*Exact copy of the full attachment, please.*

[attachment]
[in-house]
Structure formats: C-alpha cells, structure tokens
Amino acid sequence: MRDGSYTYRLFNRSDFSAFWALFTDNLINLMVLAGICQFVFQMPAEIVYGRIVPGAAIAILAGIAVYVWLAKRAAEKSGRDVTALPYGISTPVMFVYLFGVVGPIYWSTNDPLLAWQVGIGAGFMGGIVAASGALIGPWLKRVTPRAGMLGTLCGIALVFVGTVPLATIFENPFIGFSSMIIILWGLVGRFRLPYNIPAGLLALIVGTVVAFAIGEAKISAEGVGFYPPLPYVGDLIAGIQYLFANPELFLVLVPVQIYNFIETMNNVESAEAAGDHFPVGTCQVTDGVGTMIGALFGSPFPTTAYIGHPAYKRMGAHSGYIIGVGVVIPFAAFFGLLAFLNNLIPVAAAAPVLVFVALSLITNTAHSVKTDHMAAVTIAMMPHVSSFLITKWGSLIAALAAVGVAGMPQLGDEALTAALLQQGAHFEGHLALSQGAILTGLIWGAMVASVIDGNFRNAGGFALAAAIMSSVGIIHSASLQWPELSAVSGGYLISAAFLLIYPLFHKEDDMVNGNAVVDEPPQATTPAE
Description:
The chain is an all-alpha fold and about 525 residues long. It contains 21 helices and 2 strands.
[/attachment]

[in-house]
Structure formats: C-alpha cells, structure tokens
Amino acid sequence: MRDGSYTYRLFNRSDFSAFWALFTDNLINLMVLAGICQFVFQMPAEIVYGRIVPGAAIAILAGIAVYVWLAKRAAEKSGRDVTALPYGISTPVMFVYLFGVVGPIYWSTNDPLLAWQVGIGAGFMGGIVAASGALIGPWLKRVTPRAGMLGTLCGIALVFVGTVPLATIFENPFIGFSSMIIILWGLVGRFRLPYNIPAGLLALIVGTVVAFAIGEAKISAEGVGFYPPLPYVGDLIAGIQYLFANPELFLVLVPVQIYNFIETMNNVESAEAAGDHFPVGTCQVTDGVGTMIGALFGSPFPTTAYIGHPAYKRMGAHSGYIIGVGVVIPFAAFFGLLAFLNNLIPVAAAAPVLVFVALSLITNTAHSVKTDHMAAVTIAMMPHVSSFLITKWGSLIAALAAVGVAGMPQLGDEALTAALLQQGAHFEGHLALSQGAILTGLIWGAMVASVIDGNFRNAGGFALAAAIMSSVGIIHSASLQWPELSAVSGGYLISAAFLLIYPLFHKEDDMVNGNAVVDEPPQATTPAE
Description:
The chain is an all-alpha fold and about 525 residues long. It contains 21 helices and 2 strands.